It has been a bad week for easyJet and other airlines

A bad week for the airlines, mainly because of the strikes in France. However, as recounted in episode 4 of the secret diary of an easyJet Switzerland aircraft, there were other interesting events.

I (the easyJet Switzerland Airbus A319, full name HB-JZI) again had an interesting week, as you can see in this fourth installment of my secret diary. OK, most of the problems were caused by the strikes in France, but they did not explain everything.

We still have some sickness going around, I think, and the latest victim was my brother, (HB-JZ)K. Last Saturday, 9 October, he seemed OK all day until his last trip to Lisbon in the evening. On the way back he had a bad turn, and had to make an unscheduled call into our medical centre in Madrid. Maybe next time, when I tell him to check his medecine cabinet before leaving, he will take more notice.

Anyway, they diagnosed a temporary indisposition, so kept him there overnight and part of the next day. That meant that he only got back here just before 4pm. Fortunately he had recovered enough to go back to Lisbon again that same evening: I suppose that his antibodies were fully activated, so it was not a problem.

It did leave us a bit short-handed on the Sunday. My own pilot on my early flight to Nice was so worried that he got my call sign wrong (LEZS1377 instead of EZS1377), but the air controllers easily deal with things like this. However, we did have to ask a Gatwick cousin to help us out by coming here and then going back (rather late for the return, of course, but I think that seasoned Geneva-Gatwick passengers often anticipate a long delay! Anyway, I made a point of going to Gatwick myself that evening to thank them.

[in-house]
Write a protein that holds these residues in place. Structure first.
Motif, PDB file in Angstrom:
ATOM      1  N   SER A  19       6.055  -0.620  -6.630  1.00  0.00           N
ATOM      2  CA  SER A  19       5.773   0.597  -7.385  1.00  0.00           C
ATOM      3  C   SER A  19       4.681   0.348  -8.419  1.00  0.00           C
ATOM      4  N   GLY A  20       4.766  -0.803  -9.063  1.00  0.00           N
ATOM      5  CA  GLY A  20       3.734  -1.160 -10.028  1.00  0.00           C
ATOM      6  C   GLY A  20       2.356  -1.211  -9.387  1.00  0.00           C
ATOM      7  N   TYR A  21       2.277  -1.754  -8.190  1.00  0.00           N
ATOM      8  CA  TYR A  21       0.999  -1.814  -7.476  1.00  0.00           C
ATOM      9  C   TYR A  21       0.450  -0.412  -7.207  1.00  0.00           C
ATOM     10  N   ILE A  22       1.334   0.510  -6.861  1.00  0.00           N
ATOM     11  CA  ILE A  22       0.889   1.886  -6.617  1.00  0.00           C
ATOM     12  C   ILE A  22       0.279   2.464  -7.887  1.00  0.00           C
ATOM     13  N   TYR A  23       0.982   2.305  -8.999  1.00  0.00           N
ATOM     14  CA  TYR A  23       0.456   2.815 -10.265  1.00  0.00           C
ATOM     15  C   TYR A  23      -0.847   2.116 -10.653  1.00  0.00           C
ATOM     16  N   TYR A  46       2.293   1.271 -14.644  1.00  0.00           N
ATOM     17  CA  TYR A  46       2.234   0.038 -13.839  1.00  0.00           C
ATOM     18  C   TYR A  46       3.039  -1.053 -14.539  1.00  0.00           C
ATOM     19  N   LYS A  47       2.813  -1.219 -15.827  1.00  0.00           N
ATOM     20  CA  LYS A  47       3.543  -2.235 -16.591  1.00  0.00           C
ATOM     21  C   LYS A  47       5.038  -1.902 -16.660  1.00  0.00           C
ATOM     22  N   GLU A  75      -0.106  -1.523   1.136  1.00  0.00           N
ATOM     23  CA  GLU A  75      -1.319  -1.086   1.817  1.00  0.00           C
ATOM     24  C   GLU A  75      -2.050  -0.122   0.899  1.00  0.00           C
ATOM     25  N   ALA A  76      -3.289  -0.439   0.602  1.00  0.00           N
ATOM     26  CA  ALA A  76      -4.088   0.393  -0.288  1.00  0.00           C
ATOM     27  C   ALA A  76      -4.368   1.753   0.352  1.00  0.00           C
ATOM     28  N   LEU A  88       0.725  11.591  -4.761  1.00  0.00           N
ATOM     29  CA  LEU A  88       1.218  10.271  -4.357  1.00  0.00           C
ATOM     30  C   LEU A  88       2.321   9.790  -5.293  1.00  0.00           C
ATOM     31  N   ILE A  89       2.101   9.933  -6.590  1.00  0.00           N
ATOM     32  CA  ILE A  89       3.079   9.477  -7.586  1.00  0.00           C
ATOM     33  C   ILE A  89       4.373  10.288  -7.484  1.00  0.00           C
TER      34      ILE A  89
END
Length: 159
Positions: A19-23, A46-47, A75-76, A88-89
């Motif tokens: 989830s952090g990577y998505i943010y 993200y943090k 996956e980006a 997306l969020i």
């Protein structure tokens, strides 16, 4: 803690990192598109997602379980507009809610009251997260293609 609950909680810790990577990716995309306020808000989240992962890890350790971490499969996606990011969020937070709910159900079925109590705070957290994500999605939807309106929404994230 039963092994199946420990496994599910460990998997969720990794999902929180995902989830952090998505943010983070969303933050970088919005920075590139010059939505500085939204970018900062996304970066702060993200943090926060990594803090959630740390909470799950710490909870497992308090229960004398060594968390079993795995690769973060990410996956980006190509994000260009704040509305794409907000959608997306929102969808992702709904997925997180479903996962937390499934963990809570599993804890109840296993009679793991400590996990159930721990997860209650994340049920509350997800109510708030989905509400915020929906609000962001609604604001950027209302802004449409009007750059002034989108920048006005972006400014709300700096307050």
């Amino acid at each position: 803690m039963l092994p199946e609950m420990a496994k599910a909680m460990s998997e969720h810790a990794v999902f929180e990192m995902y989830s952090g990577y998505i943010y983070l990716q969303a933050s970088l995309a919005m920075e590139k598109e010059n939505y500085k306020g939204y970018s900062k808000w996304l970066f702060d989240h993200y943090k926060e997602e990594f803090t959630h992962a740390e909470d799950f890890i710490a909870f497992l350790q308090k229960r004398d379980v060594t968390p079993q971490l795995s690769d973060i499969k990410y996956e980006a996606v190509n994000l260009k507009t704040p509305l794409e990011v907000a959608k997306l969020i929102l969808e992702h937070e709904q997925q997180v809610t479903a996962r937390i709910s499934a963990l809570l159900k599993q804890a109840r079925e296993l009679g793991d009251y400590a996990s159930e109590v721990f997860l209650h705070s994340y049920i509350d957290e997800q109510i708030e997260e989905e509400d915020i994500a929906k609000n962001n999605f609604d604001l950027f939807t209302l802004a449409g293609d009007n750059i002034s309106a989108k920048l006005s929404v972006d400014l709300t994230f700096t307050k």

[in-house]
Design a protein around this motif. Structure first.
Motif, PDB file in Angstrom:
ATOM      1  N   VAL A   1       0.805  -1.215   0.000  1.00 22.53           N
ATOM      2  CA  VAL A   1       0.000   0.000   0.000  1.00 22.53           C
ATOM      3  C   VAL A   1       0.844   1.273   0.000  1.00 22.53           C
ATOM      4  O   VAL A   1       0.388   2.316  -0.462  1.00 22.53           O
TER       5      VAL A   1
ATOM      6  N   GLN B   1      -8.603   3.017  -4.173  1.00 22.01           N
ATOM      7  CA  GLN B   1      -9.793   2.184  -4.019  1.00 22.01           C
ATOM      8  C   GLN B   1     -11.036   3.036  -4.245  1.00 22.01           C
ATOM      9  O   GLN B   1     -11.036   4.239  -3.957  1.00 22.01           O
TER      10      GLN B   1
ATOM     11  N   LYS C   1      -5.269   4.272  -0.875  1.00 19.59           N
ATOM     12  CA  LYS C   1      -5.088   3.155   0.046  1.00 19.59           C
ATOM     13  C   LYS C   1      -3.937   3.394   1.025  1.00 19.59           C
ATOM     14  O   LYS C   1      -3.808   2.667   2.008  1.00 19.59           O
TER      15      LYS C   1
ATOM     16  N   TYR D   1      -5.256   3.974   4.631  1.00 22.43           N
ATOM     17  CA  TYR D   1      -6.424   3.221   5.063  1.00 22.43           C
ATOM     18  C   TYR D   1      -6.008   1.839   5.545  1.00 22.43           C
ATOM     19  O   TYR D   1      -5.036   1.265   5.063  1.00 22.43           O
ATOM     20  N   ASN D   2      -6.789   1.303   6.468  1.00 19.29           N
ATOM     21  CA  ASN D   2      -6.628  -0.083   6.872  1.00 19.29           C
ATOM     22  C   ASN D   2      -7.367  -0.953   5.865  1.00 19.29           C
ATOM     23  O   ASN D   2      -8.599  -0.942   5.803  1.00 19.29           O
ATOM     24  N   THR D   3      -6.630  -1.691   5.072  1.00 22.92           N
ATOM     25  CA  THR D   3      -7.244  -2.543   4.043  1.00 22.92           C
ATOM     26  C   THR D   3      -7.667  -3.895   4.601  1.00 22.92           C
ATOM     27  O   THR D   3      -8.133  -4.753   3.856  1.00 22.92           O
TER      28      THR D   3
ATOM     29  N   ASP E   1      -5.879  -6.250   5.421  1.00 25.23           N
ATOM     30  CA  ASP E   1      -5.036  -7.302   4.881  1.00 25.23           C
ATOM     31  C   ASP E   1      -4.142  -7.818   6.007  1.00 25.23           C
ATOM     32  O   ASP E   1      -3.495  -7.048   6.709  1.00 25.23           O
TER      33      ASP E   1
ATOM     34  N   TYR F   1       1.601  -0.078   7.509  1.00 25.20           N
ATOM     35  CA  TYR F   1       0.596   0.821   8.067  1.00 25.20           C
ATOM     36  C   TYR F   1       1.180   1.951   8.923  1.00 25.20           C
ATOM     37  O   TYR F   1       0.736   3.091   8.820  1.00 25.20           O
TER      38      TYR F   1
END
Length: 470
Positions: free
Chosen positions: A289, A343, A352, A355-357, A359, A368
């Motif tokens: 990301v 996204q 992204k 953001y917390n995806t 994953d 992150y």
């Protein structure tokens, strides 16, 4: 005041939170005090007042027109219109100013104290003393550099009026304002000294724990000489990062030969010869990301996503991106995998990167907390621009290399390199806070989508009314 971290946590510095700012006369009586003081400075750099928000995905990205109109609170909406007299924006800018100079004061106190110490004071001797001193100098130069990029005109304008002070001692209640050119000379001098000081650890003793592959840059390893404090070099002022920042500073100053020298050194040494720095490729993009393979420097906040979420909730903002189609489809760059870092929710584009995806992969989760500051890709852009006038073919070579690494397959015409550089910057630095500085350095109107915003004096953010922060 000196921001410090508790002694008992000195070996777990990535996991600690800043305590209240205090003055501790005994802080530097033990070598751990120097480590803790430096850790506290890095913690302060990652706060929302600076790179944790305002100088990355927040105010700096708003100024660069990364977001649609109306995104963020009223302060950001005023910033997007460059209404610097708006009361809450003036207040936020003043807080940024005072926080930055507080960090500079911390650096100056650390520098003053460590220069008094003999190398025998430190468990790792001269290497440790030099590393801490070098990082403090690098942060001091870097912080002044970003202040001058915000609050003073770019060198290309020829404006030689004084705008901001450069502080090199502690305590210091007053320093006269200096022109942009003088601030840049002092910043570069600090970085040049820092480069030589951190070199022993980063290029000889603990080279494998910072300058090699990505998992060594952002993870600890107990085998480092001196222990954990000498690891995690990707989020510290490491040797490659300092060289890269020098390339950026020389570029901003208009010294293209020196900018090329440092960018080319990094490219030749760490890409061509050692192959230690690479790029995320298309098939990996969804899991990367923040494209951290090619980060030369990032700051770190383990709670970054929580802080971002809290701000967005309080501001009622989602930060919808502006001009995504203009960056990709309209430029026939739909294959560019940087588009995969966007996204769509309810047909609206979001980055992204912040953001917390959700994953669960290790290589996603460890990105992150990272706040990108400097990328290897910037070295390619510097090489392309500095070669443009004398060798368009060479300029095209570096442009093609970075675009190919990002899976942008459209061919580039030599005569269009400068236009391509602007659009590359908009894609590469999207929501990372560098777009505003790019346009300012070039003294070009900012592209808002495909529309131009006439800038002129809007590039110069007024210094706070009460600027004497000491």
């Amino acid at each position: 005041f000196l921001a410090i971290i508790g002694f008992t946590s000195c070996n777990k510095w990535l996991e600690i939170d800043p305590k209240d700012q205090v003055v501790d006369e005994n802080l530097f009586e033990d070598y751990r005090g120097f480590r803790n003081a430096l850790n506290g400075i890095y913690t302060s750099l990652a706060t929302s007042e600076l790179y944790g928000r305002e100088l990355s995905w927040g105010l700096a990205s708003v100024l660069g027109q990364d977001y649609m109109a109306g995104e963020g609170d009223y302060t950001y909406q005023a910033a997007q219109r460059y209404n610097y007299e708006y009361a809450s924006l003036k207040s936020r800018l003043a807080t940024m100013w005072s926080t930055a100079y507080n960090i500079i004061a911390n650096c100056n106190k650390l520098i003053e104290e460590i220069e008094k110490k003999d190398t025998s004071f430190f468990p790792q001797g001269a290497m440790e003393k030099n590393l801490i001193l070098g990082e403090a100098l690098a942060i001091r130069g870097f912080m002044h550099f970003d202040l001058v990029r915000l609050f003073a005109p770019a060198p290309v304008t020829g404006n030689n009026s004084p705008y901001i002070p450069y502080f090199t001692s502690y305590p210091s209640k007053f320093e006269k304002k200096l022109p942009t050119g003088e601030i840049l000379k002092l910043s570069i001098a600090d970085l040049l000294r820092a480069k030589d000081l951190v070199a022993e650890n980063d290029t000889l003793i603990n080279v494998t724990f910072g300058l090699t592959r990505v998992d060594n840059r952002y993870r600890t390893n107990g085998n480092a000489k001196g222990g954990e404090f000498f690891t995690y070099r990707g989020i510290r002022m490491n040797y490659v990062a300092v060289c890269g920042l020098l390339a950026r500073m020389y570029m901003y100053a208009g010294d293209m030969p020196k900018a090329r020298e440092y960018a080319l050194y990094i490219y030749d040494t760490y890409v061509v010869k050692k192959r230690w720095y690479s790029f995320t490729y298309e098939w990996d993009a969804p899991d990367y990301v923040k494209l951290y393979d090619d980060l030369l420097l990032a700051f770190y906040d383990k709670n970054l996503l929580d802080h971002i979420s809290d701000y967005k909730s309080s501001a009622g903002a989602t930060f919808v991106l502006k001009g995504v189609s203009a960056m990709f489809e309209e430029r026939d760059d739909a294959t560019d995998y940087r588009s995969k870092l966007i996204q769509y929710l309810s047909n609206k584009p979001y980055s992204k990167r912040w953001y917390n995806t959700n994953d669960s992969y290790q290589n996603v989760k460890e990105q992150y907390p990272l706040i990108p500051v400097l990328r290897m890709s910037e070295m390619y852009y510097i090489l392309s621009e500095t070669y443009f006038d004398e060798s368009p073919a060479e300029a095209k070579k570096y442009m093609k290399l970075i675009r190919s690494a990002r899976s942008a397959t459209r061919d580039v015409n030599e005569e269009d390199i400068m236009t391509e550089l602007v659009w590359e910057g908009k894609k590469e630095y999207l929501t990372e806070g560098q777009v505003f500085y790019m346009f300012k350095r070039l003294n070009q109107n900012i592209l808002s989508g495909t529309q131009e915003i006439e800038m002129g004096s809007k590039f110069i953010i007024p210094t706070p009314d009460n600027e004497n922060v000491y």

Unfortunately ,I think they are still infectious there, because the next day (Monday) I was also laid low for most of the day. This meant more help from our Gatwick cousins (and more long delays for Gatwick passengers). Happily, I was well again by the afternoon, but my masters took no risks of further infection: they sent me to Amsterdam and Brussels.

The industrial action (should we not call it industrial inaction?) really hit in on the Tuesday. Although 9 of my brothers still left early, I was allowed to profit from the first cancellation of the day (to Nice). We also had a reasonably relaxing day because of other cancelled flights to France, which meant less rushed turn-arounds.

Since then all appears to have been fairly smooth, though I realise that to say so is to tempt fate! On verra bien, as some of our friends in France say. Which leads me to worry about the retirement plans against which they are protesting. I have been told that I cannot retire for many years yet, as the next generation of aircraft like me will not be ready until at least 2015, maybe even 2020.

Even when they are ready, I might not be able to retire, but might find myself sold to some smaller airline and have to go to live in a less developed country. What a prospect!


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